Touchscreen Display Cleaning & Disinfection

Several of the touchscreen display manufacturers have issued their recommended guidelines for cleaning and disinfecting their hardware. We have put together this list and are continuing to follow up with our customers to ensure they have these procedures for the type of touchscreen interactives that are in their museums or attractions.

The CDC has also issued guidance for the Cleaning and Disinfection for Community Facilities. Since many of our customers are open to the public, we would like to provide a link for this information as well. You can access the CDC general guidelines by clicking here and the resources for community-based organizations here.

TV Display Cleaning & Disinfection

We have reviewed the manufacturer websites for cleaning and disinfecting procedures for TV displays. If you have an LED/LCD type of display the method of cleaning and disinfecting is first cleaning with water and then with a 70% isopropyl alcohol solution. Here is the process:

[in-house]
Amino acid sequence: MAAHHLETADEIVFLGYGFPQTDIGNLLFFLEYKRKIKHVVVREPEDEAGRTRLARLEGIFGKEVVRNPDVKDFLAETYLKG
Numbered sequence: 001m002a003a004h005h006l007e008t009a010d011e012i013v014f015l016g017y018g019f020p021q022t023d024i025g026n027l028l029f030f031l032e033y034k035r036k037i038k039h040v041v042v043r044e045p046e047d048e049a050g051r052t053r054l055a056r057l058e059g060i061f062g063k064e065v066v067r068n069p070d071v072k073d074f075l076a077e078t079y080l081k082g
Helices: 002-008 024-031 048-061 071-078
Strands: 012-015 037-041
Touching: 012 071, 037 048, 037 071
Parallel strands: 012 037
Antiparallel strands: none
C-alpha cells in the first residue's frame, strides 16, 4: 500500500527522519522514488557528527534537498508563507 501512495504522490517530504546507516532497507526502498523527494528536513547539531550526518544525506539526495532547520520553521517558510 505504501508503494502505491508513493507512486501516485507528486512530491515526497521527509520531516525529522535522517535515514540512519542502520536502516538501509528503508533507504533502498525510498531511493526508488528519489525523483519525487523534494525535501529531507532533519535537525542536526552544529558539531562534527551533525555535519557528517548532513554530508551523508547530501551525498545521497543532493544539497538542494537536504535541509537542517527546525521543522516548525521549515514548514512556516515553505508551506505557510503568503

1. Turn off the power to the TV and let it cool down for a few minutes before unplugging it or turning off the surge protector that it is plugged into.
  2. To clean the screen, gently wipe the screen with a dry microfiber cleaning cloth.
  3. If you still need to clean the screen more, then dampen a corner of the microfiber cleaning cloth with warm water (preferably distilled).
  4. Do not spray water or other liquids directly onto the TV.
  5. Gently wipe the screen with the damp part of the microfiber cloth to remove the dust or fingerprints from the screen. Then, use the dry part of the microfiber cloth to soak up the leftover water.
  6. To disinfect the screen, spray a microfiber cloth with a solution of 70% isopropyl alcohol.
  7. Gently wipe the screen with the microfiber cloth and allow to dry for several minutes.
  8. Plug the display back in or turn the surge protector back on.
* Never use chemical cleaners or harsh abrasive wipes or paper towels on electronics! It could permanently damage the display. Alcohol cleaning agents have been known to damage plastic or rubber so should be carefully applied to avoid overspray/spillage.